As I understand it, all of the help files are "registered" in the registry,
So why can't the help file be a part of the SW upgrade package, instead of
being a separate zip file?
Is this lazy programming or is there a reasonable answer to this?
I believe its done this way so a person can pick and choose which files they
would like to download and/or install.If you,re on a slow connection you
probably wouldn't want to download 120 megs of help info, 90 megs of
shaders, and 60 megs of samples.Just to check out the new release. The
shipped CDs will have everything on them as normal.
Is this a reasonable answer?
The way they do it makes a whole lot of sense to me.
We have machines set on a variety of service packs as I am a firm believer
in if it's working just fine, leave it alone. So along comes SP4.0 and I
want to grab it. I download the 4.0ev - 4.0 SP, the eDrawing update, and
the 4.0 help file. But I also need the 0.0 - 4.0 SP update, the 1.1 - 4.0
update, etc. Why would I want to re-download embedded identical help files
several times? All it takes to install them is to unzip them to the
SolidWorks2005 folder - no big deal at all.
There probably is the intent to allow a user with a slow internet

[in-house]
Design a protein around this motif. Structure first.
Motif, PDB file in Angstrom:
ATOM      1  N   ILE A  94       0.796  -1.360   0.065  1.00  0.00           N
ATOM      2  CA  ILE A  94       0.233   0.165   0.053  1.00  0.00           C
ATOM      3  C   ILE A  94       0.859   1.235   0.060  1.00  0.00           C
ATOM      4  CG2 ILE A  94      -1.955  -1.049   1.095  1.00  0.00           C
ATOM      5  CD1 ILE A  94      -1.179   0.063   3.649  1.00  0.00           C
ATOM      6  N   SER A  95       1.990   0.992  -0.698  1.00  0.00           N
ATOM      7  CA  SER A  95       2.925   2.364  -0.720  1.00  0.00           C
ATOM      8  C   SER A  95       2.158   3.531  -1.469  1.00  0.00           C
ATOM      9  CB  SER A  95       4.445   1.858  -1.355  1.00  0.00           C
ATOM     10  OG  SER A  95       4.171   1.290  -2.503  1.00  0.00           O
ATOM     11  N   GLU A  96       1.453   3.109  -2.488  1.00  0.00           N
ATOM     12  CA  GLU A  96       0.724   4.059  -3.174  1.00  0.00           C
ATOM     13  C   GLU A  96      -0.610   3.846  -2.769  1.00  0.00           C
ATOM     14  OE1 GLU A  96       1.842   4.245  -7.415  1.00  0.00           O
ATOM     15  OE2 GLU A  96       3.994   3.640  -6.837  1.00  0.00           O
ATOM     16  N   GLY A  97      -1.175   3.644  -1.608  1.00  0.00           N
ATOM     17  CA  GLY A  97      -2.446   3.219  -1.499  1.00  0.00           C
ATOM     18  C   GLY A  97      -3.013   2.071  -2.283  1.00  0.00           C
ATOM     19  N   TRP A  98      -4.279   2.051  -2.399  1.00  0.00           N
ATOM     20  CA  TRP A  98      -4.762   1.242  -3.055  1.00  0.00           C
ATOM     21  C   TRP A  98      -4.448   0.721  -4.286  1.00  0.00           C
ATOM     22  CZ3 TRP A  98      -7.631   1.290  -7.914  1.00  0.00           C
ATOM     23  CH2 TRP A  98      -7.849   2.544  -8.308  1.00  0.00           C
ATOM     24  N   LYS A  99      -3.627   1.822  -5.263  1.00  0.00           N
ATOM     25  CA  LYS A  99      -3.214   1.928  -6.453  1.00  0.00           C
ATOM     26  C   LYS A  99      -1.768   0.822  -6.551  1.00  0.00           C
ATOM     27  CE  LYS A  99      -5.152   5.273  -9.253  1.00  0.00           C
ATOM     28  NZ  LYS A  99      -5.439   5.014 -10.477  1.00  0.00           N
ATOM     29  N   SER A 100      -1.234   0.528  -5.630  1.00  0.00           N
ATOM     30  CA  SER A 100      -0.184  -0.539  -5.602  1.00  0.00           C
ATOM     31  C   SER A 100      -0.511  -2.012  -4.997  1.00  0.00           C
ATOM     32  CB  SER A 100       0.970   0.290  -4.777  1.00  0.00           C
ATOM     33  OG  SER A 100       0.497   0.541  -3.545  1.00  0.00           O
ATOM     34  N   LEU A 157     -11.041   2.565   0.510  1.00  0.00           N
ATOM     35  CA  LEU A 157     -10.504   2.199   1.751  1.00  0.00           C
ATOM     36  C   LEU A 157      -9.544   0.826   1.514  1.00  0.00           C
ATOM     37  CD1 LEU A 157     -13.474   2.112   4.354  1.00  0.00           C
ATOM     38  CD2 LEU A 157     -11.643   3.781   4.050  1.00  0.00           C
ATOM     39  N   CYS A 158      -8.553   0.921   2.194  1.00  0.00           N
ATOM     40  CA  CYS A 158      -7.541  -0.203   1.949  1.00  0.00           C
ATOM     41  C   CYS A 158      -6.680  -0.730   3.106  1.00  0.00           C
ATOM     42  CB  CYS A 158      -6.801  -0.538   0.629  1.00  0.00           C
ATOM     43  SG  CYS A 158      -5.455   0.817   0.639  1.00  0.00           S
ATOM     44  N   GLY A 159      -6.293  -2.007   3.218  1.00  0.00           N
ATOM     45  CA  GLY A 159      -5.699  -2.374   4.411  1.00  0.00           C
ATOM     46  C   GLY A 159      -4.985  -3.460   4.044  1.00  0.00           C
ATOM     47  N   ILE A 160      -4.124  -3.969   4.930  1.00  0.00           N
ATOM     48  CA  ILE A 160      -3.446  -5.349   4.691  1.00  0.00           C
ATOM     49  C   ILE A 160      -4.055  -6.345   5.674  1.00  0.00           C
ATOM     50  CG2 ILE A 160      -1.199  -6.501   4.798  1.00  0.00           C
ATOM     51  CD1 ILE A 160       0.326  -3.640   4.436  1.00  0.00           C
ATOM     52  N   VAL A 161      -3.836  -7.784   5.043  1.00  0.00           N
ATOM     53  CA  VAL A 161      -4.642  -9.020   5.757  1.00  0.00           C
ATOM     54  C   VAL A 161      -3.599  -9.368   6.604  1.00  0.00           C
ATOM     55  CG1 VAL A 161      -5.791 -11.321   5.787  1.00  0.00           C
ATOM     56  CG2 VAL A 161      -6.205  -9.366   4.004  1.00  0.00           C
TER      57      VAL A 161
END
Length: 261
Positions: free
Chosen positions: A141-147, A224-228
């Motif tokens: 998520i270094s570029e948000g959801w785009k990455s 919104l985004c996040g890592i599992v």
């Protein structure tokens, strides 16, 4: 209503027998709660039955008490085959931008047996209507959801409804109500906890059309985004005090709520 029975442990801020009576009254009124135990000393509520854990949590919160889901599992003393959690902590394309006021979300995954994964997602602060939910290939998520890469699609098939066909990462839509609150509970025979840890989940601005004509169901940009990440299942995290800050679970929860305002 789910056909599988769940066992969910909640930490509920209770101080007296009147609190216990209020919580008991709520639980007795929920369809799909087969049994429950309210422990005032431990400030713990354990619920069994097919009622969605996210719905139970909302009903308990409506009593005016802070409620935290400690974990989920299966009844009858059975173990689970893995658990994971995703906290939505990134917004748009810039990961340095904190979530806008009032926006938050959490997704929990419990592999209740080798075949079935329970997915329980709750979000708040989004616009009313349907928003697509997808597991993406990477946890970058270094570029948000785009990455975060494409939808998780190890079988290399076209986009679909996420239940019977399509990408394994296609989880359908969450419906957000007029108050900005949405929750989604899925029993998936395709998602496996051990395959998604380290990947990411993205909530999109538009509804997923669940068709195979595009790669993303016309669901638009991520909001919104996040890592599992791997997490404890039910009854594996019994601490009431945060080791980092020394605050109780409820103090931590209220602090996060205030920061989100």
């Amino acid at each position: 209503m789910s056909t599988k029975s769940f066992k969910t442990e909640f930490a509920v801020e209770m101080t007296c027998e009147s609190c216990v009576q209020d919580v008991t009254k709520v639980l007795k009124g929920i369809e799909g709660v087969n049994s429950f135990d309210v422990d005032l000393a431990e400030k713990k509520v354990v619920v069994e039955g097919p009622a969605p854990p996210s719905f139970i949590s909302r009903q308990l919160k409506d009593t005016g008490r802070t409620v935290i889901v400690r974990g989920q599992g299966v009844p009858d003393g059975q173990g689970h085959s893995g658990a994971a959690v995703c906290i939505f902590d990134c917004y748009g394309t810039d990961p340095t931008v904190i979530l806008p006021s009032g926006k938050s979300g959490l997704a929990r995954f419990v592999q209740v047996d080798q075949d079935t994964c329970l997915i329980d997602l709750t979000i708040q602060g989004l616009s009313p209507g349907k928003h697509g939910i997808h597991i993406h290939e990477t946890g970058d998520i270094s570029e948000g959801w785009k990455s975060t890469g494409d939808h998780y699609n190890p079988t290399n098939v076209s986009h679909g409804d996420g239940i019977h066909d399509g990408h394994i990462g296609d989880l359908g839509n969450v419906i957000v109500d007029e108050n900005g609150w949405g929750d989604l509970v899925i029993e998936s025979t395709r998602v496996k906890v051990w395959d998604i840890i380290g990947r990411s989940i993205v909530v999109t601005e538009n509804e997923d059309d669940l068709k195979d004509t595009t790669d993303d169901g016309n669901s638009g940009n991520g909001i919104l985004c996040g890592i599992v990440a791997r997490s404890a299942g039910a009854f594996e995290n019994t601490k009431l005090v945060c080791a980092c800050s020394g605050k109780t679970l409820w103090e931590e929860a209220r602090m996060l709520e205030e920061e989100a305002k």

connection to opt not to download the Help Files, for example.
If the emphasis is on download efficiency, then the SolidWorks crew
needs to do more to identify the versions of the available files so
that time (especially for a slow connection) is not wasted by copying
and installing updates which have already been applied.
I don't understand why there can't be date stamp and version
information listed alongside the file size. I've often downloaded and
installed files which were flagged (as needed for the Service Pack
Update) but contained nothing new...
It should also be pointed out that, if a user is applying Service Packs
incrementally (i.e. 0 to 1.0 to 2.0 to 3.0) then there's no need to
apply the new Help Files or eDrawings updates until the most recent SP
Per O. Hoel
Wayne Tiffany wrote: